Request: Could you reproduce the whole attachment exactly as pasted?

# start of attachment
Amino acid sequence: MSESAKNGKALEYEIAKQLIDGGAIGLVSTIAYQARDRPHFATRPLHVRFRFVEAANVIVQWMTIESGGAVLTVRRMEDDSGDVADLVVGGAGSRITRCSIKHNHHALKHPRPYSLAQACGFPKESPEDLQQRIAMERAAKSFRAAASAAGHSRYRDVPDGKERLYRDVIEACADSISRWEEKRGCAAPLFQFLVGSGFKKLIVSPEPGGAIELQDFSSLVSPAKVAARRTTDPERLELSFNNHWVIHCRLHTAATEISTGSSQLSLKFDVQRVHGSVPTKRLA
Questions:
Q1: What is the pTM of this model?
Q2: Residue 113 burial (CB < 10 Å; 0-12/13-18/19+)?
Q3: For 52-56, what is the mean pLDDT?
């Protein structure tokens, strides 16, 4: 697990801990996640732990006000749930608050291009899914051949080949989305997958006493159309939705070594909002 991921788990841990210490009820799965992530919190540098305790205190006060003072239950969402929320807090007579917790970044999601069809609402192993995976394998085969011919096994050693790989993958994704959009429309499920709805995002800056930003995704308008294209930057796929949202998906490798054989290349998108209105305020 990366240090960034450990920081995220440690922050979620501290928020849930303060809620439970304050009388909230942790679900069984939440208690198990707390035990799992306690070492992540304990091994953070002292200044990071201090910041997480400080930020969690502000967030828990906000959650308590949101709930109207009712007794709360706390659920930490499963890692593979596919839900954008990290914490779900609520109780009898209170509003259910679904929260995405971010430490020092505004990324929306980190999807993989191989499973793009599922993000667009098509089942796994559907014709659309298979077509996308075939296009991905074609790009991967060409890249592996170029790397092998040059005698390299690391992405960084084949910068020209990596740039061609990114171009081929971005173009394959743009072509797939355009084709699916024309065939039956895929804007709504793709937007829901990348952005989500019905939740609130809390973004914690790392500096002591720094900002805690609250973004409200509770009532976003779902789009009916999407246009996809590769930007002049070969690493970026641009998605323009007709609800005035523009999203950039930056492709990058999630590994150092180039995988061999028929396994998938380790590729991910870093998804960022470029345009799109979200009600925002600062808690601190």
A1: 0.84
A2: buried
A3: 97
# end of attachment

Amino acid sequence: MSESAKNGKALEYEIAKQLIDGGAIGLVSTIAYQARDRPHFATRPLHVRFRFVEAANVIVQWMTIESGGAVLTVRRMEDDSGDVADLVVGGAGSRITRCSIKHNHHALKHPRPYSLAQACGFPKESPEDLQQRIAMERAAKSFRAAASAAGHSRYRDVPDGKERLYRDVIEACADSISRWEEKRGCAAPLFQFLVGSGFKKLIVSPEPGGAIELQDFSSLVSPAKVAARRTTDPERLELSFNNHWVIHCRLHTAATEISTGSSQLSLKFDVQRVHGSVPTKRLA
Questions:
Q1: What is the pTM of this model?
Q2: Residue 113 burial (CB < 10 Å; 0-12/13-18/19+)?
Q3: For 52-56, what is the mean pLDDT?
């Protein structure tokens, strides 16, 4: 697990801990996640732990006000749930608050291009899914051949080949989305997958006493159309939705070594909002 991921788990841990210490009820799965992530919190540098305790205190006060003072239950969402929320807090007579917790970044999601069809609402192993995976394998085969011919096994050693790989993958994704959009429309499920709805995002800056930003995704308008294209930057796929949202998906490798054989290349998108209105305020 990366240090960034450990920081995220440690922050979620501290928020849930303060809620439970304050009388909230942790679900069984939440208690198990707390035990799992306690070492992540304990091994953070002292200044990071201090910041997480400080930020969690502000967030828990906000959650308590949101709930109207009712007794709360706390659920930490499963890692593979596919839900954008990290914490779900609520109780009898209170509003259910679904929260995405971010430490020092505004990324929306980190999807993989191989499973793009599922993000667009098509089942796994559907014709659309298979077509996308075939296009991905074609790009991967060409890249592996170029790397092998040059005698390299690391992405960084084949910068020209990596740039061609990114171009081929971005173009394959743009072509797939355009084709699916024309065939039956895929804007709504793709937007829901990348952005989500019905939740609130809390973004914690790392500096002591720094900002805690609250973004409200509770009532976003779902789009009916999407246009996809590769930007002049070969690493970026641009998605323009007709609800005035523009999203950039930056492709990058999630590994150092180039995988061999028929396994998938380790590729991910870093998804960022470029345009799109979200009600925002600062808690601190």
A1: 0.84
A2: buried
A3: 97